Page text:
M. David Howell's Debts May Total $60 Million

by Gwen Moritz  on Monday, Mar. 31, 2014 12:00 am  

Neither Greg Smith nor Richard Smith returned phone calls seeking clarification, and Guy Smith could not be located. Calls to Chambers, Jones and Cissell were not returned. Gus Allen did not return a call seeking to determine whether he was still representing Howell. Carol Reaves, the Stephens Security Bank president, declined to comment, as did Dr. John McCracken, a retired Little Rock physician who received one of the checks that Bank of America honored.

Howell History

Mace David Howell Jr. was born in Fayetteville on June 21, 1948. His father was a banker at First State Bank of Springdale, where Howell Jr. went to work after receiving a degree in banking from the University of Arkansas in 1971.

By the time he was 28, he was its president. In June 1978, he joined Jim Lindsey and Dick Calhoun in developing Springdale’s first upscale residential subdivision, Woodcliff.

The young banker also became friendly with Springdale trucking mogul J.B. Hunt, whose corporate business he lured to his bank. In 1985, Howell and Hunt paid $22 million for the First National Bank of Fayetteville, which financially distressed Worthen Banking Corp. sold to raise cash. Howell became its president and CEO.

The next year, he and Hunt made a deal to buy First American Bancshares in North Little Rock, the holding company of One National Bank, from the Matthews family at a price of approximately $30 million. They created a holding company called Howell & Hunt Bancshares and, at 39, Howell moved his family to Cammack Village.

In 1987, Howell & Hunt Bancshares was renamed One National Bancshares. But One Bank’s fortunes were rocky. In April 1989, Howell resigned as CEO for “personal reasons,” and the bank later reported a net loss for the year. By then, however, Howell had led a group of investors to buy Farmers & Merchants Bank of Rogers and First National Bank of Bentonville.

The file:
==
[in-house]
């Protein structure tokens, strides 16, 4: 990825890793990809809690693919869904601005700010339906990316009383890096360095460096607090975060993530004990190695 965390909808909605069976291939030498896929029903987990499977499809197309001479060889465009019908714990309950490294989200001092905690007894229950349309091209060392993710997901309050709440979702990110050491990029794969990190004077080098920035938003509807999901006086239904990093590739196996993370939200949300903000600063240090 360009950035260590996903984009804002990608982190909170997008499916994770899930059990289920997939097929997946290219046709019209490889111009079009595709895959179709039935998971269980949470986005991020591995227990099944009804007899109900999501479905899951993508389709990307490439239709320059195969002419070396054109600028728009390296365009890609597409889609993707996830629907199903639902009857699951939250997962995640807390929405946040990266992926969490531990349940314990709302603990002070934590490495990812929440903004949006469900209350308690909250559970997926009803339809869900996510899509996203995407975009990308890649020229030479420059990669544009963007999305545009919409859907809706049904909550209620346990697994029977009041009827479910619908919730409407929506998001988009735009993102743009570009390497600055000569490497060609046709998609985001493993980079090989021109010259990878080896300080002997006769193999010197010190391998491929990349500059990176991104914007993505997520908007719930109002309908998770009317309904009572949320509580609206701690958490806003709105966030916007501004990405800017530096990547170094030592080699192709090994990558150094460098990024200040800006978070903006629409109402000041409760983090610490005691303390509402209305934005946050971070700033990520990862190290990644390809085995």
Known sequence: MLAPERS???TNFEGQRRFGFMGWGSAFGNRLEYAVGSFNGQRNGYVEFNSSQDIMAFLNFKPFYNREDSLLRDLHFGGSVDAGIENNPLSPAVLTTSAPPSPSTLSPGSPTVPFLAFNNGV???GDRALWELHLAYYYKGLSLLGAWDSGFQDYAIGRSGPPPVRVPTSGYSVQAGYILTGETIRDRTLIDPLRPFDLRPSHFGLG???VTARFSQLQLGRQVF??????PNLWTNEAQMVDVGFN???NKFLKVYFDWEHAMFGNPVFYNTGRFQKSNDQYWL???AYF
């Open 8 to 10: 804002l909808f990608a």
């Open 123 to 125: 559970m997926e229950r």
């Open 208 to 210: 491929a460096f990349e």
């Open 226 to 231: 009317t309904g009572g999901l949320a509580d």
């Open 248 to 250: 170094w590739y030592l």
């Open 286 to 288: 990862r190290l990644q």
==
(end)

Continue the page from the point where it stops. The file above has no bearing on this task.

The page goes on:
In 1990, One Bank again erased any earnings by writing down $2.3 million in bad loans. In 1991, Hunt sold First National Bank of Fayetteville back to the resurgent Worthen operation for $32 million and also sold Worthen eight One Bank branches in North Little Rock. Ross Whipple of Arkadelphia bought the One Bank branch in Hot Springs, leaving One Bank with only four branches in Little Rock. Hunt subsequently sold One Bank to its CEO, Layton “Scooter” Stuart.

Howell and his wife, the former Kay Carter, divorced in 1996 after almost 19 years of marriage. They had two sons, Mace David Howell III and Dane Howell.

Not much has been written about Howell or his business activities in recent years. He was, however, a benefactor of Steven W. Jones, the bankrupt convenience store owner who is the subject of a fraud and conspiracy suit filed by Regions Bank.

Regions, which already has a $443,000 judgment against Jones, filed the suit in April, claiming that Jones had cooked up a plan to hide his assets. In a deposition for the first case, Jones explained part of the $760,000 that passed through his checking account between August 2000 and September 2001 by saying he borrowed $50,000 from Howell, Robert Vogel and professional golfer Glen Day.

Howell was driving a 2003 Mercedes SL500 — an $85,000 car — at about 2 a.m. on April 24 when a Maumelle Police officer pulled him over for driving erratically, although not very fast, on Highway 100 at Crystal Hill. Howell, who had no previous alcohol-related violations, was “very cooperative,” according to the officer’s report. Howell described himself as a self-employed investor.

 

 

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